Highlights of Gili Meno, Lombok

‘Gili’ meaning ‘small island’ in Indonesian is the perfect way to describe Gili Meno. The smallest of the three main Gili islands, it’s quiet, friendly and full of welcoming locals.

Gili Meno

We were only there for two days and we probably could have stayed for a couple more but not more than a week. It might cause a slight feeling of cabin fever otherwise as the island is only 2km long and 1km wide.

Gili Meno

Getting there

We caught a fast boat from Bangsal Habour, Lombok. It cost us about 150,000 rupiah – which is around £8 and took 15 minutes.

This is obviously pretty cheap by UK standards but if you catch the public boat (which we think runs at 10am, 2pm and perhaps one in the evening) it’s roughly £1 but takes an hour.

Annoyingly, we can’t remember the name of the company we caught the boat with but if you arrive in Bansal Harbour and someone with an orange top approaches you, take it!

He was also really considerate on the way back, making sure we had transport from the harbour and a place to stay, nice guy.

Gili Meno

Where to stay

We flew in quite late to Lombok and planned to go to Gili Meno the very next day so we looked for somewhere between the airport and the harbour. We ended up staying in a nice little hotel with very friendly staff and a good breakfast to get us on our way. You can check them out here.

When we got to Gili Meno, we stayed in the brilliant Meno Smile cottages, which was a five minute walk from the harbour (like most places on the island). You can book it here.

Gili Meno Smile Cottages

The owners were really accomoadating and friendly and the bungalow we stayed inwas clean and (more importantly) had air-con. Breakfast was included which meant omelettes and banana pancakes with tea in the morning, ideal.

Gili Meno Smile Cottages
Gili Meno Smile Cottages

You can find loads of these bungalow companies, our friend stayed in Putri cottages and they seemed really good too. Her room had a couple of extras (fan, safe) and was still only a 10 minute walk to the harbour. To see all your options for Gili Meno, have a look here.

Gili Meno

Side note: there are chickens and cockerels roaming all over the island so expect to here a call at all kinds of the day (not just at sunrise!) and there is also a mosque in the middle of the island so you can just about hear the call to prayer at around 5am.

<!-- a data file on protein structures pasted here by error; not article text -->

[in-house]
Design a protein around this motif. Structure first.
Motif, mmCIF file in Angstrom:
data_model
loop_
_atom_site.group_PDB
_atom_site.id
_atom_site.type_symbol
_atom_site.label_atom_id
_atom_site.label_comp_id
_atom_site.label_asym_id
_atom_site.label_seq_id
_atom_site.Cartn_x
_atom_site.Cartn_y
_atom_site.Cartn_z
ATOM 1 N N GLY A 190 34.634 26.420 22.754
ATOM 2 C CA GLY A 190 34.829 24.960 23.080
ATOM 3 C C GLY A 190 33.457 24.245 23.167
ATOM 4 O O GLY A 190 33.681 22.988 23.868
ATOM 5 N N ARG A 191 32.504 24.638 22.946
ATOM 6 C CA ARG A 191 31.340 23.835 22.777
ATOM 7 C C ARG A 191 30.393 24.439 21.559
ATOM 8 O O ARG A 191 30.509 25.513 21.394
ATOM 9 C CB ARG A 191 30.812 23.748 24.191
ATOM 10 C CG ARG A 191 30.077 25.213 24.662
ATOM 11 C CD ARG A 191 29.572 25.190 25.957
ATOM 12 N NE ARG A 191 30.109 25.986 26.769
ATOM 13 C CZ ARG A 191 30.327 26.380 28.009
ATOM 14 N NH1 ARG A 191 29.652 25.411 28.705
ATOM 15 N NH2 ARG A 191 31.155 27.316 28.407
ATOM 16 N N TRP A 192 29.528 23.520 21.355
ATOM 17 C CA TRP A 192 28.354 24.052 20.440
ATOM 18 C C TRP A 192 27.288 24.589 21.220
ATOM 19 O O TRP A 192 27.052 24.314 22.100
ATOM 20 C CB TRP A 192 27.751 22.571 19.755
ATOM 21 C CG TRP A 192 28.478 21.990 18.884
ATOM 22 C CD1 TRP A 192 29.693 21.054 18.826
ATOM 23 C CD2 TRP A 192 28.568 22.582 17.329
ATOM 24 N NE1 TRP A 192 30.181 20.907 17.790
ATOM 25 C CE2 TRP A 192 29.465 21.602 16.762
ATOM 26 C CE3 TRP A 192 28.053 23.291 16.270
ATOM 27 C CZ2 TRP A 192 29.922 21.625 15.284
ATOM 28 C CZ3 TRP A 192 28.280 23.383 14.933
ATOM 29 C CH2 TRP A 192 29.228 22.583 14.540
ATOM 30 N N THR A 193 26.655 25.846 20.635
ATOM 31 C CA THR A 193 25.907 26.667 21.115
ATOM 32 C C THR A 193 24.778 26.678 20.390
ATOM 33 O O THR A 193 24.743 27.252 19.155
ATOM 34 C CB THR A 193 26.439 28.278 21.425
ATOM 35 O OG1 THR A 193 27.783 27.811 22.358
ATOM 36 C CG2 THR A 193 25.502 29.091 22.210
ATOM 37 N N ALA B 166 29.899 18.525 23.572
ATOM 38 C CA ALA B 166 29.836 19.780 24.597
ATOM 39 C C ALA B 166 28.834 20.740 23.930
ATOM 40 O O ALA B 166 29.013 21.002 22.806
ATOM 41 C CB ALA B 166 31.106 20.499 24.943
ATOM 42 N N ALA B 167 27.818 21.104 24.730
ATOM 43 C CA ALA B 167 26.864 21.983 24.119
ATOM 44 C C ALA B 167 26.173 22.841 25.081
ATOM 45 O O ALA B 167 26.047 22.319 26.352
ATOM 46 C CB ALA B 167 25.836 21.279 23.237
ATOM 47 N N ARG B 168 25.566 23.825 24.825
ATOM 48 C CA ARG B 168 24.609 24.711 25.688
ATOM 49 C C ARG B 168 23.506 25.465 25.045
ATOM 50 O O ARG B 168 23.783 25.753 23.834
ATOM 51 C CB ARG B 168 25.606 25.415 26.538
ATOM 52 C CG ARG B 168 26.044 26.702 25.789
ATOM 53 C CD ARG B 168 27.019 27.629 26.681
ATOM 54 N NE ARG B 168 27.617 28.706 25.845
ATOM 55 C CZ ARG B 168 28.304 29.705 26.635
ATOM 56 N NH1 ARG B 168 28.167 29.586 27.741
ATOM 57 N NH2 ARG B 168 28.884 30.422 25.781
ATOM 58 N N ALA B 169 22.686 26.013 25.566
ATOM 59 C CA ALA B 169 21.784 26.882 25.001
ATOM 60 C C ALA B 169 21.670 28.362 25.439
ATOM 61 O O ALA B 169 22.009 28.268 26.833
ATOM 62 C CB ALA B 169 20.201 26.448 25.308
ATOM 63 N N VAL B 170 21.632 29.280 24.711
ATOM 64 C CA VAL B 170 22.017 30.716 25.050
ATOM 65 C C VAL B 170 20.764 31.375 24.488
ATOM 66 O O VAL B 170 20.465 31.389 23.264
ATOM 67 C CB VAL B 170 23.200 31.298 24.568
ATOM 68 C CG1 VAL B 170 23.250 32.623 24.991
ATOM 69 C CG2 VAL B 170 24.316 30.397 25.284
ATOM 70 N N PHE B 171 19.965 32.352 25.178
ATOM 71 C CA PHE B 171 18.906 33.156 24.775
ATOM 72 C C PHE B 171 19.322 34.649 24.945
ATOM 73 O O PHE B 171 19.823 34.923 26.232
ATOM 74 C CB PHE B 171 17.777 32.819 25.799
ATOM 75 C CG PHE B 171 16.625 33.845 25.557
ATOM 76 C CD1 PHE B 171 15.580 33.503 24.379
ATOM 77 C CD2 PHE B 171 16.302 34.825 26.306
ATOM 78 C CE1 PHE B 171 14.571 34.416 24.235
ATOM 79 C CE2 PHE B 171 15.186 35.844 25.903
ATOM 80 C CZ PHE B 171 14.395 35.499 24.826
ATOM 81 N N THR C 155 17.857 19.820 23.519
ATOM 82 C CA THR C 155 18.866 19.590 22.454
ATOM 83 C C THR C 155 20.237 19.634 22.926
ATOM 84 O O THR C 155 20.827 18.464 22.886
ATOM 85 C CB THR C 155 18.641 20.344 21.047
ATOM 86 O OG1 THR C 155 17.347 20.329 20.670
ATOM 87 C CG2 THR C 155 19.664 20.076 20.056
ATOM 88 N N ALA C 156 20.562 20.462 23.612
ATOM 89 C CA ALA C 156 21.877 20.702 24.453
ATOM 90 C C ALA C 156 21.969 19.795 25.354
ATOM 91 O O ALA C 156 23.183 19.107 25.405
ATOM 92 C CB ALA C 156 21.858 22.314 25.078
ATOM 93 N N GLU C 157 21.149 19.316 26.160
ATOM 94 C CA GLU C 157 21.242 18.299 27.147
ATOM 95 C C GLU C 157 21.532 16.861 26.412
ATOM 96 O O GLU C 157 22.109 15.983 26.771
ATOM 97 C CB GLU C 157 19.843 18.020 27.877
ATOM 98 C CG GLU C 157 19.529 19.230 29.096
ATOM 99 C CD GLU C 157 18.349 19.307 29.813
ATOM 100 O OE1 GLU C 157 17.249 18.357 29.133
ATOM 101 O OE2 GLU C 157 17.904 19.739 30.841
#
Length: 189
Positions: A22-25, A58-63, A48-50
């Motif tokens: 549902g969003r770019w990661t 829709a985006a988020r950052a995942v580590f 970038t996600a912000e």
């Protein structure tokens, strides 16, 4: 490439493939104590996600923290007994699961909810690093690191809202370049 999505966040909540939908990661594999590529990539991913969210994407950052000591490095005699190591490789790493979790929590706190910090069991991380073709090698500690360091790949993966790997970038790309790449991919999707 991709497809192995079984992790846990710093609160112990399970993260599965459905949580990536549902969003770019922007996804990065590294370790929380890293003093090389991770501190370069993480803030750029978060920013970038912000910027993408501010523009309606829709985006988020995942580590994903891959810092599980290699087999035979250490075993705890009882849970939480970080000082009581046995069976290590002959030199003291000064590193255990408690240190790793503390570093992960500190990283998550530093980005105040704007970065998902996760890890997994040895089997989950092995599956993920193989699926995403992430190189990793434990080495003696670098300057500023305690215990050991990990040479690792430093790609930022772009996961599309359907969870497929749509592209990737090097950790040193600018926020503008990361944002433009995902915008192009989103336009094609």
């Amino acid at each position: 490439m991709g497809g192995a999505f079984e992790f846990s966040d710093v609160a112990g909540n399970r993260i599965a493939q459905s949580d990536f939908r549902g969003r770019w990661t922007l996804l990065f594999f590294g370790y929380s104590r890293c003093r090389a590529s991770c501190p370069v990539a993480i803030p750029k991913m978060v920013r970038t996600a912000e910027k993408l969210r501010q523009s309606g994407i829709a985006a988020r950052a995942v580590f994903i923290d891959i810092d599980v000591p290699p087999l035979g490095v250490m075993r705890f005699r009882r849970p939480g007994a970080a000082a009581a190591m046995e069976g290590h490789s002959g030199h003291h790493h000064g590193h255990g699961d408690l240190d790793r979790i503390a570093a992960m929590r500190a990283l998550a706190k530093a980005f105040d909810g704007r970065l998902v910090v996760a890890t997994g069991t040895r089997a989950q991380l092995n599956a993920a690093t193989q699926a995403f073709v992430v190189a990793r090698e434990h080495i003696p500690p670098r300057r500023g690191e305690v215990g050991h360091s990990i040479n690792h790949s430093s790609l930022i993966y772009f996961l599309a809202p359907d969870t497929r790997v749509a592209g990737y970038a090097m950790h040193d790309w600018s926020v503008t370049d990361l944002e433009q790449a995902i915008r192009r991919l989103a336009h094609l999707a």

What to do

You can walk round the island in around 45 minutes and cut through the more rural areas, there are usually families cooking or occasionally watching TV.

Gili Meno

It’s currently a hot-spot for snorkelling and diving (although as we found out later in our trip, not as fruitful as the south-west Secret Gilis).

I managed to see one turtle on our trips out to the ‘drop off’. Like in Finding Nemo, it’s coral below your feet one minute and the big ol’ blue dropping underneath you the next. Our friend told us that if you take the snorkelling trips from any of the Gili islands they take you further afield to find turtles.

We did manage to see a turtle laying eggs one night on the beach though, so I suppose it’s half knowing where to go and half luck!


Meno is also home to sea sculptures by Jason deCaires Taylor, a well-known underwater sculptor. These are famous around the world for encouraging coral growth and they’re pretty amazing to see up close.

They’re easy to snorkel out to and you don’t need to go with a boat trip to see them. However, it’s worth mentioning that if you’re not a strong swimmer/not confident in deeper water go with a trip and go out with a life jacket.

Gili Meno underwater sculpture

You can get to the statues yourself by heading to the west side of the island, if you find Diana cafe and head southwards for about five minutes you’re there.

Look out for a large white sign that says BASK resort on the front. In the water facing the BASK sign it’s just to your left – keep swimming underwater and you’ll see the two sculpture features. If you want to read more on these, you can here.

Gili Meno underwater sculpture

Note: The currents around Gili Meno are really strong, especially as the day goes on. The day before we arrived a tourist didn’t listen to the warnings and swam out too far and the current took him. Unfortunately, and really sadly, the man died, so please make sure you’re sea safe over there. You can usually gauge the safety by the boats and groups out around the snorkelling areas. If you hear ‘too strong/go to the boat’ make sure you swim to shore yourself.

The Diana cafe has live music in the evenings and is a great evening, campfire spot to hang with a Bintang. We went to four or five restaurants on the island including the highly rated Mahamaya – this is great for a special evening to watch the gorgeous sunsets and enjoy cocktails during their happy hour. My best friend Poppy surprised me by coming over from Bali for a night, so that was our excuse!

Gili Meno

Gili Meno isn’t as busy as Gili T or Gili Air, it doesn’t have as many bars or as crazy nightlife (especially compared to Gili T!).

If you’re looking for a chilled couple of days to relax, snorkel and eat good food this is the place for you. It’s also super romantic, walk hand in hand round the island and finish your day on the beach watching the sun go down.


Any questions or comments, please feel free to chuck us some feedback below!

Gili Meno

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